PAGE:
Sharp said that SPN respected “the privacy of our donors,” but that they gave “voluntarily,” which she contrasted with “groups like Progress Now and the Center for Media and Democracy who receive hefty gifts from unions, who in turn force their members to donate to political causes with which they may not agree.” The Supreme Court ruled in 1988 that contracts between unions and companies can only require workers represented by unions to pay what is “necessary to ‘performing the duties of an exclusive representative of the employees in dealing with the employer on labor-management issues.”
Based on a 2010 document, SPN lists a number of major corporations as past SPN funders including Microsoft, AT&T, GlaxoSmithKline, Kraft Foods, Philip Morris, Verizon Communications, Comcast and Time Warner Cable Share Service Center. Several of the same groups sponsored SPN’s 2013 annual meeting, as did Facebook.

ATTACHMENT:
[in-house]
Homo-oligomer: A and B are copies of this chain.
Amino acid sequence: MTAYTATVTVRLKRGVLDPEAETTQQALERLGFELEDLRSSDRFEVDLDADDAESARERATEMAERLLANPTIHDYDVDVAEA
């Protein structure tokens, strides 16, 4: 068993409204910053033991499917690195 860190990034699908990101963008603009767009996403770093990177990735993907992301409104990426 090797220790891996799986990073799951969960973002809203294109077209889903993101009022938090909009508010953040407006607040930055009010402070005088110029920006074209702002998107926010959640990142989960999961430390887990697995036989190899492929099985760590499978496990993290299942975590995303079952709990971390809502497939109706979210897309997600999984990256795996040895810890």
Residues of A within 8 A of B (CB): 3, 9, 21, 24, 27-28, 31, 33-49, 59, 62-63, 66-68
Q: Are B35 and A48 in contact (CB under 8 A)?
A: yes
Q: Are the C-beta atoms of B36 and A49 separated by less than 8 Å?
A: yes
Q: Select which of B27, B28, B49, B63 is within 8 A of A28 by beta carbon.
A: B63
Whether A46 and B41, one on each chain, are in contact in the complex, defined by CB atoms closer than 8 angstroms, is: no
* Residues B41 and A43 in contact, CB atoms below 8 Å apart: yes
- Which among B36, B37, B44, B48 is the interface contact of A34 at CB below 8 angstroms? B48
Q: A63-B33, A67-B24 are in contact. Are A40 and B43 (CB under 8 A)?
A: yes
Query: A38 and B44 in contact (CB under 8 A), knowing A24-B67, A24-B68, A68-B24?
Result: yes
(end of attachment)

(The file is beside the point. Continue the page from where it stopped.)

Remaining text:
While SPN is no household name, CMD notes it has at least one celebrity alum: former SPN-affiliated think tank fellow and current filibustering Sen. Ted Cruz, the co-author of a 2010 paper for Texas Public Policy Foundation arguing the Affordable Care Act violated the 10thAmendment. That paper notes that the TPPF is working with partners to develop an “Interstate Compact for Health Care Reform,” which it says would provide that member states “may opt out of Obamacare entirely …” The San Antonio Current noted that a “Health Care Compact Act” echoing Cruz’s concept is among the model legislation pushed by the American Legislative Exchange Council, the conservative group whose members include major companies and scores of state legislators. CMD notes that the same year Cruz issued that report, the Koch-backed Donors Capital Fund provided his think tank a $65,300 grant “for the organization’s project, Turning the Tide Unifying the States to Oppose Federal Outreach.”